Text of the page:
Of course, you love your grandchildren, but you wish they were more “mature” in their decision-making.  You want to leave them part of  your estate, but you are concerned that they will “blow it” on the vagaries of youth rather than investing it for the types of assets you value as an adult.  What to do?

The term “spendthrift trust” has become popular for just those types of situations.  A spendthrift trust lets you leave funds to a beneficiary without giving him or her full control over those funds.  This type of trust has significant restrictions that safeguard your youthful heirs from themselves – and potential creditors.  Such a trust allows a trustee the authority to distribute funds according to your wishes and protect your beneficiary from squandering the wealth that was bequeathed to him or her.  It also protects them from being taken advantage of by others.

Trusts are created by estate planning attorneys.  In the document the attorney can write into the trust certain rules for distribution.  These rules can include that the beneficiary achieve a certain age or that they receive installments at certain life stages.  That way, if you have an heir or someone to whom you want to leave an inheritance who is immature, irresponsible or underage, the spendthrift trust can give you some control over how and when the money is spent.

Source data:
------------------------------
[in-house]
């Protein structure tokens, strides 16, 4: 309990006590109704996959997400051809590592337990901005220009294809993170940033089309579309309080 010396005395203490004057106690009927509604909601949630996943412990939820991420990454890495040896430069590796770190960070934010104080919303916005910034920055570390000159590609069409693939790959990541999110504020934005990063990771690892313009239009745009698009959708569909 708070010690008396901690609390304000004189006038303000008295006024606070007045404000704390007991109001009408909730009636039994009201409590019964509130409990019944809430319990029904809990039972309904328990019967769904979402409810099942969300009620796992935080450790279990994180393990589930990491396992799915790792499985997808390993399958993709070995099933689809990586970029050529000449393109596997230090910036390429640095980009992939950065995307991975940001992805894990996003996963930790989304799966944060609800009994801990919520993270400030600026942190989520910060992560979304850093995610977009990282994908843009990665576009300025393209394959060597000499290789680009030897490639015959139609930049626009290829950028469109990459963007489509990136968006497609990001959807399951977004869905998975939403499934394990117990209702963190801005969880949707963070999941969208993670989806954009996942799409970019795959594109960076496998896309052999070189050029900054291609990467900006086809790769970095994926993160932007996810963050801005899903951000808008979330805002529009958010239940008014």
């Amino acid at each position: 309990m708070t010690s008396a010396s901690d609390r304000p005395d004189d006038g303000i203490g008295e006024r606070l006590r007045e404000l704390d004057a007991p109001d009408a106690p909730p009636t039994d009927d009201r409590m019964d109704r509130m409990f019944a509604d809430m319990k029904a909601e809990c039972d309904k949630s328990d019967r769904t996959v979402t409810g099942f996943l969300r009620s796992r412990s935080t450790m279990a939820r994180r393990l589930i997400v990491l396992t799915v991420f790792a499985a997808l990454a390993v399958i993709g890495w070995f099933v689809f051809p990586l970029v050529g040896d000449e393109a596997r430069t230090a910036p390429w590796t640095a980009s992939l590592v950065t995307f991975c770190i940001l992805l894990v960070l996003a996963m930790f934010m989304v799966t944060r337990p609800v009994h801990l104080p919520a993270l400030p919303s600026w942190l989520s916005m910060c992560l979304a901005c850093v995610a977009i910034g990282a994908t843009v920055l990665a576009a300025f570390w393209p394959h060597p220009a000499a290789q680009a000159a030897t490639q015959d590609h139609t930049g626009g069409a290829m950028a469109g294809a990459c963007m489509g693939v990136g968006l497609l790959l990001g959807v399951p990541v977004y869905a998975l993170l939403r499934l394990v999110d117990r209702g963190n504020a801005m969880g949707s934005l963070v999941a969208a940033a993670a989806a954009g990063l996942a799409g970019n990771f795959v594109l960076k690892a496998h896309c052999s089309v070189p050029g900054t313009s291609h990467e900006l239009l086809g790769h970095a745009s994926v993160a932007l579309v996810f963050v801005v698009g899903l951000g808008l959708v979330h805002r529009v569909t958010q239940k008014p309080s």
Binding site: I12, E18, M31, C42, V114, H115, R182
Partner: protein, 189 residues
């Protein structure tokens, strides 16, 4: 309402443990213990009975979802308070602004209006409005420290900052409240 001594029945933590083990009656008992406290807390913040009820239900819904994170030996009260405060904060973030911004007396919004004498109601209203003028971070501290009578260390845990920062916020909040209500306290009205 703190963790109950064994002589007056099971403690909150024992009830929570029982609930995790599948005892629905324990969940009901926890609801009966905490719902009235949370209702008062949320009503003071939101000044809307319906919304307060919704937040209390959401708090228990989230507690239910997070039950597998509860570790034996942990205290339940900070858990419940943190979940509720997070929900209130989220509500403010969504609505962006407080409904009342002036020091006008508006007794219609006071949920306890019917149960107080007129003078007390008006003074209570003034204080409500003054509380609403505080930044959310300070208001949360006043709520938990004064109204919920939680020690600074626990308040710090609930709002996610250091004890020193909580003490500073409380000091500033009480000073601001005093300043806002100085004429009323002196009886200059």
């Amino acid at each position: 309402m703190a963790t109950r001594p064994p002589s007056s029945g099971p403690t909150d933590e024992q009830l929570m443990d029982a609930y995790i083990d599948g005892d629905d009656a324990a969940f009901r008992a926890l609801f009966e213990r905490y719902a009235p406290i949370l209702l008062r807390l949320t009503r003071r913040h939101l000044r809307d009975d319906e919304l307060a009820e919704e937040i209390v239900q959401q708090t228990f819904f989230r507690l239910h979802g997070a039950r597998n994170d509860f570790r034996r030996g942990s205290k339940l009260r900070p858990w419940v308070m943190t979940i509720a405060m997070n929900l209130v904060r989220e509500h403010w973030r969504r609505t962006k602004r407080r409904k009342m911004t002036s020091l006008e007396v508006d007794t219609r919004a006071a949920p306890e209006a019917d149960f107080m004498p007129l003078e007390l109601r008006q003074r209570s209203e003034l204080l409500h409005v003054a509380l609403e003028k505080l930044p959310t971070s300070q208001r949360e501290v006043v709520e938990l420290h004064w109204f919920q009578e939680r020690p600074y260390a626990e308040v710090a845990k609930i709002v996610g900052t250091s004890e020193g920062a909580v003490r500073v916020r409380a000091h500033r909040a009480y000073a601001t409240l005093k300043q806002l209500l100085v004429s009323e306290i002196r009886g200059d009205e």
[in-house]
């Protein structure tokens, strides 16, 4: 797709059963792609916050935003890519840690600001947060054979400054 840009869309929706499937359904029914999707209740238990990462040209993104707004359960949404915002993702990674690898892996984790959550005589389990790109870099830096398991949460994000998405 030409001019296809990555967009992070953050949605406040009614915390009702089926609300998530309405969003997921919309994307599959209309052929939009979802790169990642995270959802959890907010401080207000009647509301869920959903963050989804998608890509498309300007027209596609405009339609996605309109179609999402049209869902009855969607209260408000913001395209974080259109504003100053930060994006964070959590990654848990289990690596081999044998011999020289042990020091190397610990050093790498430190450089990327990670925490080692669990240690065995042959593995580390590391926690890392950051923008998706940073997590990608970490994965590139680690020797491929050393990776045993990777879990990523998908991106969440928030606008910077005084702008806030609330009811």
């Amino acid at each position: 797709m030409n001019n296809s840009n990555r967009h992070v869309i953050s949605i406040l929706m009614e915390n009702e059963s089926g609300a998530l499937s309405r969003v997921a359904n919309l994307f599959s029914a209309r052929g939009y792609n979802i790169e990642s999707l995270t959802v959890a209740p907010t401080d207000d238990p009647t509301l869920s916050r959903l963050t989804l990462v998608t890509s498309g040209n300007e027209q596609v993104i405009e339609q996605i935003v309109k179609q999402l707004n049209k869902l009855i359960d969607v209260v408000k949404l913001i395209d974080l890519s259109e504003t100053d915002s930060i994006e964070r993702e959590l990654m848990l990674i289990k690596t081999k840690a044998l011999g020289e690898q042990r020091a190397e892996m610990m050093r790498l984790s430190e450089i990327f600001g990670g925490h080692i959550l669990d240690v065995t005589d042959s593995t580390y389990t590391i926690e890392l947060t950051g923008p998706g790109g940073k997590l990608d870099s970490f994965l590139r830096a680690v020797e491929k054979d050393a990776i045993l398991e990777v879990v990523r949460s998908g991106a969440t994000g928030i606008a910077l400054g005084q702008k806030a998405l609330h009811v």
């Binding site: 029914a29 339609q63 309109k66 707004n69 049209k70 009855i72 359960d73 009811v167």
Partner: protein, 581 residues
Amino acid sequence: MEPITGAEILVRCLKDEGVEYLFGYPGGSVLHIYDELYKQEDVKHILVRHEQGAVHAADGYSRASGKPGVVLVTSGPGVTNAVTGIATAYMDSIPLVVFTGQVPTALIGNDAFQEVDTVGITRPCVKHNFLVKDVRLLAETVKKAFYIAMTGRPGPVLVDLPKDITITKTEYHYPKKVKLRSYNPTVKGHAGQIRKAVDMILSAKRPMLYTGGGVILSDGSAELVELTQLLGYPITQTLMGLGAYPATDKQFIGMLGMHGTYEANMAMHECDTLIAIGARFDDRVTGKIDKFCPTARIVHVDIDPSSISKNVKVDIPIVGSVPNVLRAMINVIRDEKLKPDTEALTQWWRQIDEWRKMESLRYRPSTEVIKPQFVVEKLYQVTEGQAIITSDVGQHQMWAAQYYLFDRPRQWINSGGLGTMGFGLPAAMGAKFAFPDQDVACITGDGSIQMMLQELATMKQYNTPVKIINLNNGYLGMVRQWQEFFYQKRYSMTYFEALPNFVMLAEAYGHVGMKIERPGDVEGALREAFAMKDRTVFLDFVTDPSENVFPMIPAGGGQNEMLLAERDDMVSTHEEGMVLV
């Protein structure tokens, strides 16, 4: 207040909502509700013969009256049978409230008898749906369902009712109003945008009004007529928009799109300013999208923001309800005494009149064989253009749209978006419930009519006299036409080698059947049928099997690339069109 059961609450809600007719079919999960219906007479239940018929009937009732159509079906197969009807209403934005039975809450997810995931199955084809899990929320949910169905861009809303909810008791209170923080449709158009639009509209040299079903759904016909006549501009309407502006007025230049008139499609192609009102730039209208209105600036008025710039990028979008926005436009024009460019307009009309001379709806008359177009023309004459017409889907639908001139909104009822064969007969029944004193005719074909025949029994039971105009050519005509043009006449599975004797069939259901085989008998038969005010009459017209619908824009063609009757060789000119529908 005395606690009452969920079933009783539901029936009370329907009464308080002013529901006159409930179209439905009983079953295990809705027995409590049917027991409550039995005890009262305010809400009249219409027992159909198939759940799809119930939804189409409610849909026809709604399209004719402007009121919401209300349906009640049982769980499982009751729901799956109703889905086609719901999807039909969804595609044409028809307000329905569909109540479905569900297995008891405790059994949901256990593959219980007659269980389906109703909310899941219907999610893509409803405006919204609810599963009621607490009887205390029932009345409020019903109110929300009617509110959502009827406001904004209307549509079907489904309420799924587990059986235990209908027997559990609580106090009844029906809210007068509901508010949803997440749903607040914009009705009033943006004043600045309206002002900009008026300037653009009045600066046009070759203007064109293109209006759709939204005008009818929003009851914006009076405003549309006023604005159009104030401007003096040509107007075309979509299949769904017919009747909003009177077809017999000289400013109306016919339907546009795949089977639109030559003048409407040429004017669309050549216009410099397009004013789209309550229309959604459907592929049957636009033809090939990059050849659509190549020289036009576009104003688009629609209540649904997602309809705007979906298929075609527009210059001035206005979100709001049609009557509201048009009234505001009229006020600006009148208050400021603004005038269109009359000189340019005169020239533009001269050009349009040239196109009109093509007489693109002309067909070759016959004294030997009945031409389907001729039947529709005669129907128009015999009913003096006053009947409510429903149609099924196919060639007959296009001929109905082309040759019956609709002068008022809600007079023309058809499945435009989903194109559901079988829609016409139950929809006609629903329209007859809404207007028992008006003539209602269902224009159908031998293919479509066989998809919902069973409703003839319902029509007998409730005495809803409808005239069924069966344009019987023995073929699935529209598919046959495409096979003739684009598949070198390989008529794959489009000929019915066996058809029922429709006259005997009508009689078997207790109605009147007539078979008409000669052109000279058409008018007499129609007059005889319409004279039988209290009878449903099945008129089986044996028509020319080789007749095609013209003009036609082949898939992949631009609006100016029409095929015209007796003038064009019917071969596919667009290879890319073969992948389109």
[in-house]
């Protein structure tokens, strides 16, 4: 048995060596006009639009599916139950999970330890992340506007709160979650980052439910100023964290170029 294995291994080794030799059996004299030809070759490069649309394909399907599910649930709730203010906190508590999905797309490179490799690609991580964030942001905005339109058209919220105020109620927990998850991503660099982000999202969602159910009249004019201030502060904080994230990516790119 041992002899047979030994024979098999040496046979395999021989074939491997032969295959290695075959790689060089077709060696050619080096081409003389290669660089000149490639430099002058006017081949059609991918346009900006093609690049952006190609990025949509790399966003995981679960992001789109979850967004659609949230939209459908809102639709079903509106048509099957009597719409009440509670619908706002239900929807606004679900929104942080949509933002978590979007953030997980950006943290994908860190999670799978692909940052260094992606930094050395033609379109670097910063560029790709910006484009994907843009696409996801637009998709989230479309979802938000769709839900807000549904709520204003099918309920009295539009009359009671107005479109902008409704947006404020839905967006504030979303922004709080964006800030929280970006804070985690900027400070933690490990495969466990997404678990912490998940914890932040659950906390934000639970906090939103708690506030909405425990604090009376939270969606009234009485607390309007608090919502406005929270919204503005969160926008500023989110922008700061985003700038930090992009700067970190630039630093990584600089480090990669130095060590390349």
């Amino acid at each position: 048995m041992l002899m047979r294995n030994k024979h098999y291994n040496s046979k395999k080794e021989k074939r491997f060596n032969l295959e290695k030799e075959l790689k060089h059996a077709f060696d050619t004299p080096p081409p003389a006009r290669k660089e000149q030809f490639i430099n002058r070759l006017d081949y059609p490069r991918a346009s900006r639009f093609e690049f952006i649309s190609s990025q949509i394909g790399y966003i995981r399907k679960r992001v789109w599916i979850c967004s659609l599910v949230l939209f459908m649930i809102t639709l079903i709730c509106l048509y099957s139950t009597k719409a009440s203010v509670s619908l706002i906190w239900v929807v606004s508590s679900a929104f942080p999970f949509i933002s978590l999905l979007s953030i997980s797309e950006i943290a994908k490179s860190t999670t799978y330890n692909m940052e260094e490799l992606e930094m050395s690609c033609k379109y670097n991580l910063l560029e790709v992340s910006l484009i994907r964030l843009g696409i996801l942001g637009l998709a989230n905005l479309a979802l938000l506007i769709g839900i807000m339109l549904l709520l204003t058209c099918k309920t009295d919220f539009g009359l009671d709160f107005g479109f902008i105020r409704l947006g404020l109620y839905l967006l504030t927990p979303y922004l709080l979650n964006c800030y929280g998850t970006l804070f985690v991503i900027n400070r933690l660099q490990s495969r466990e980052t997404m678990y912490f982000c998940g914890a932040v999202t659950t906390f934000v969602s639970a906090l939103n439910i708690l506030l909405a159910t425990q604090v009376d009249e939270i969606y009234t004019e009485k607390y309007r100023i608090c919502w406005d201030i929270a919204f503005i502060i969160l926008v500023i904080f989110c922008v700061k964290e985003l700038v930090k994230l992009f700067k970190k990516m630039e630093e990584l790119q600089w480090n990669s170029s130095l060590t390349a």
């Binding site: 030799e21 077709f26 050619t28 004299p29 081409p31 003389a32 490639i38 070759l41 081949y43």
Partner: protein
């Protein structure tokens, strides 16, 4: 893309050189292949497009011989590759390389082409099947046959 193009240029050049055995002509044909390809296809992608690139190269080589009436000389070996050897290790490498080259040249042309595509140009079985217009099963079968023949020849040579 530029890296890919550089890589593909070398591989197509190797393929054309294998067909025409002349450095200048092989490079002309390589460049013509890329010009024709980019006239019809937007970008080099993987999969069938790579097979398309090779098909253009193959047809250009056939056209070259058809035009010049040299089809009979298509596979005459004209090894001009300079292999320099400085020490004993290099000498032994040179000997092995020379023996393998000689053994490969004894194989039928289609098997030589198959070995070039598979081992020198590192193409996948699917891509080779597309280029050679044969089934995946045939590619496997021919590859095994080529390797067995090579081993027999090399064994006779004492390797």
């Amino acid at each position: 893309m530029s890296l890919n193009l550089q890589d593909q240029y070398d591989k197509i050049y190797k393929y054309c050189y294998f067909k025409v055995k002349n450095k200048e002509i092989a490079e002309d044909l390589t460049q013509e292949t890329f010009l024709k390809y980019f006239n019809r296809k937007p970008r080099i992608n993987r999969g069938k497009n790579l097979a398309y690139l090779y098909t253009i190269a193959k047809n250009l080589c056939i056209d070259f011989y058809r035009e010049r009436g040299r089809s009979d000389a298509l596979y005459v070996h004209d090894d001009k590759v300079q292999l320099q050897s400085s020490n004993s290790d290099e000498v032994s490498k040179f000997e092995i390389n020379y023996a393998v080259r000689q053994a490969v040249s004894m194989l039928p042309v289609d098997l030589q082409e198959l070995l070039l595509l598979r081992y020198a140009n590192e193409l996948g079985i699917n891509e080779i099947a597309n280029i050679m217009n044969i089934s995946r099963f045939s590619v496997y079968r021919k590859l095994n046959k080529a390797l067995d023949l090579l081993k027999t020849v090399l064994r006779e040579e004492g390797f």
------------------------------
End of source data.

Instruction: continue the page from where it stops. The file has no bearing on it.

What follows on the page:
A side benefit of such a trust is that it can protect the principal from creditors or even an ex-spouse. The laws regarding such protections can vary by state so it is critical that you work with a local estate planning attorney to make certain the documents are properly drawn.

One of the key tasks in setting up a spendthrift trust successfully is determining the person who is named as the trustee of the funds.  That individual can have some discretion over the distribution of the funds so it needs to be someone whom you can trust over the long term.